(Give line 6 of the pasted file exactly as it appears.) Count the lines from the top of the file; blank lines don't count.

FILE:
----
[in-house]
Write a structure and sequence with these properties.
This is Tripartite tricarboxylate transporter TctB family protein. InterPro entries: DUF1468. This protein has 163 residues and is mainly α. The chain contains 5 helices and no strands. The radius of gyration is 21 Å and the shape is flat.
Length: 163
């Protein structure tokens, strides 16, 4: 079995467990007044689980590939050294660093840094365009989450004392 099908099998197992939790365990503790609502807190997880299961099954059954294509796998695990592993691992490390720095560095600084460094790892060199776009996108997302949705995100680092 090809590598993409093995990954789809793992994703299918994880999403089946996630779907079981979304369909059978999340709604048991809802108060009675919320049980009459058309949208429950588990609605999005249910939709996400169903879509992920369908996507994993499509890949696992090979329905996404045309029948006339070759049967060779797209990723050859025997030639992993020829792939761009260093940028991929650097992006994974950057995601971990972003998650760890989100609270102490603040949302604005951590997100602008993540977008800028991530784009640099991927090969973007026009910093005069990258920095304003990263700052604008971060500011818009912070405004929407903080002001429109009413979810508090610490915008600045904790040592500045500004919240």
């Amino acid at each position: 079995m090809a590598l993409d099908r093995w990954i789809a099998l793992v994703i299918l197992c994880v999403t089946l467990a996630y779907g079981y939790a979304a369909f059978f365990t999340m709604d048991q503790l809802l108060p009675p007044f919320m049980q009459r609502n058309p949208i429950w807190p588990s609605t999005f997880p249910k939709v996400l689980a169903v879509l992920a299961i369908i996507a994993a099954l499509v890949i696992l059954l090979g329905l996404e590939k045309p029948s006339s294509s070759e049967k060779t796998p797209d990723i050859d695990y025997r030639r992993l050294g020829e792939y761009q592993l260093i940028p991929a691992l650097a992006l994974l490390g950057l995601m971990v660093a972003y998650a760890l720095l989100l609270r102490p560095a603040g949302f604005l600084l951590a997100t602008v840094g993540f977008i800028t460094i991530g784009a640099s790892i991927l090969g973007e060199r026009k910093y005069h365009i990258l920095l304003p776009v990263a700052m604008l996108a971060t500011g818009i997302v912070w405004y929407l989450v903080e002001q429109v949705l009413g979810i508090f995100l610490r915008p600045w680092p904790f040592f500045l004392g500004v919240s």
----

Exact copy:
């Amino acid at each position: 079995m090809a590598l993409d099908r093995w990954i789809a099998l793992v994703i299918l197992c994880v999403t089946l467990a996630y779907g079981y939790a979304a369909f059978f365990t999340m709604d048991q503790l809802l108060p009675p007044f919320m049980q009459r609502n058309p949208i429950w807190p588990s609605t999005f997880p249910k939709v996400l689980a169903v879509l992920a299961i369908i996507a994993a099954l499509v890949i696992l059954l090979g329905l996404e590939k045309p029948s006339s294509s070759e049967k060779t796998p797209d990723i050859d695990y025997r030639r992993l050294g020829e792939y761009q592993l260093i940028p991929a691992l650097a992006l994974l490390g950057l995601m971990v660093a972003y998650a760890l720095l989100l609270r102490p560095a603040g949302f604005l600084l951590a997100t602008v840094g993540f977008i800028t460094i991530g784009a640099s790892i991927l090969g973007e060199r026009k910093y005069h365009i990258l920095l304003p776009v990263a700052m604008l996108a971060t500011g818009i997302v912070w405004y929407l989450v903080e002001q429109v949705l009413g979810i508090f995100l610490r915008p600045w680092p904790f040592f500045l004392g500004v919240s």